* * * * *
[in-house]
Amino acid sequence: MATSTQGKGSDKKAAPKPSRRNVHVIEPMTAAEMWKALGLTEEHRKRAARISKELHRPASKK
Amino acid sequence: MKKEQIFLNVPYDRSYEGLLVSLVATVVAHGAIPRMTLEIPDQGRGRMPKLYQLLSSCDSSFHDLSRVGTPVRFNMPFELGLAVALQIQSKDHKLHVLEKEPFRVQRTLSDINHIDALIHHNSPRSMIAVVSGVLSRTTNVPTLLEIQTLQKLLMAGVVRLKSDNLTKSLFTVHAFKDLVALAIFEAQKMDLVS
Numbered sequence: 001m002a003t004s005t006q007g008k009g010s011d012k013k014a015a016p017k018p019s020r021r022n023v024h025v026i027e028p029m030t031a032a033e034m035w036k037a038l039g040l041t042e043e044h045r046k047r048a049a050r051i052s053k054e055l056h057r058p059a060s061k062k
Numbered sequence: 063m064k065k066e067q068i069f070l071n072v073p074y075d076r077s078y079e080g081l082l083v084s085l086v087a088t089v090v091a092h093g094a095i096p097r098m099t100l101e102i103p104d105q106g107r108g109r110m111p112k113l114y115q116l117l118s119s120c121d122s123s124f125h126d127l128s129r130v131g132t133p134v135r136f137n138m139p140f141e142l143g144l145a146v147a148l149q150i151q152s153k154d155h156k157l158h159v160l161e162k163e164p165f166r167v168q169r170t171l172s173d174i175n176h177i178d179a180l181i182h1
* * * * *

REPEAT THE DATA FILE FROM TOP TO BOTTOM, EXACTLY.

[in-house]
Amino acid sequence: MATSTQGKGSDKKAAPKPSRRNVHVIEPMTAAEMWKALGLTEEHRKRAARISKELHRPASKK
Amino acid sequence: MKKEQIFLNVPYDRSYEGLLVSLVATVVAHGAIPRMTLEIPDQGRGRMPKLYQLLSSCDSSFHDLSRVGTPVRFNMPFELGLAVALQIQSKDHKLHVLEKEPFRVQRTLSDINHIDALIHHNSPRSMIAVVSGVLSRTTNVPTLLEIQTLQKLLMAGVVRLKSDNLTKSLFTVHAFKDLVALAIFEAQKMDLVS
Numbered sequence: 001m002a003t004s005t006q007g008k009g010s011d012k013k014a015a016p017k018p019s020r021r022n023v024h025v026i027e028p029m030t031a032a033e034m035w036k037a038l039g040l041t042e043e044h045r046k047r048a049a050r051i052s053k054e055l056h057r058p059a060s061k062k
Numbered sequence: 063m064k065k066e067q068i069f070l071n072v073p074y075d076r077s078y079e080g081l082l083v084s085l086v087a088t089v090v091a092h093g094a095i096p097r098m099t100l101e102i103p104d105q106g107r108g109r110m111p112k113l114y115q116l117l118s119s120c121d122s123s124f125h126d127l128s129r130v131g132t133p134v135r136f137n138m139p140f141e142l143g144l145a146v147a148l149q150i151q152s153k154d155h156k157l158h159v160l161e162k163e164p165f166r167v168q169r170t171l172s173d174i175n176h177i178d179a180l181i182h1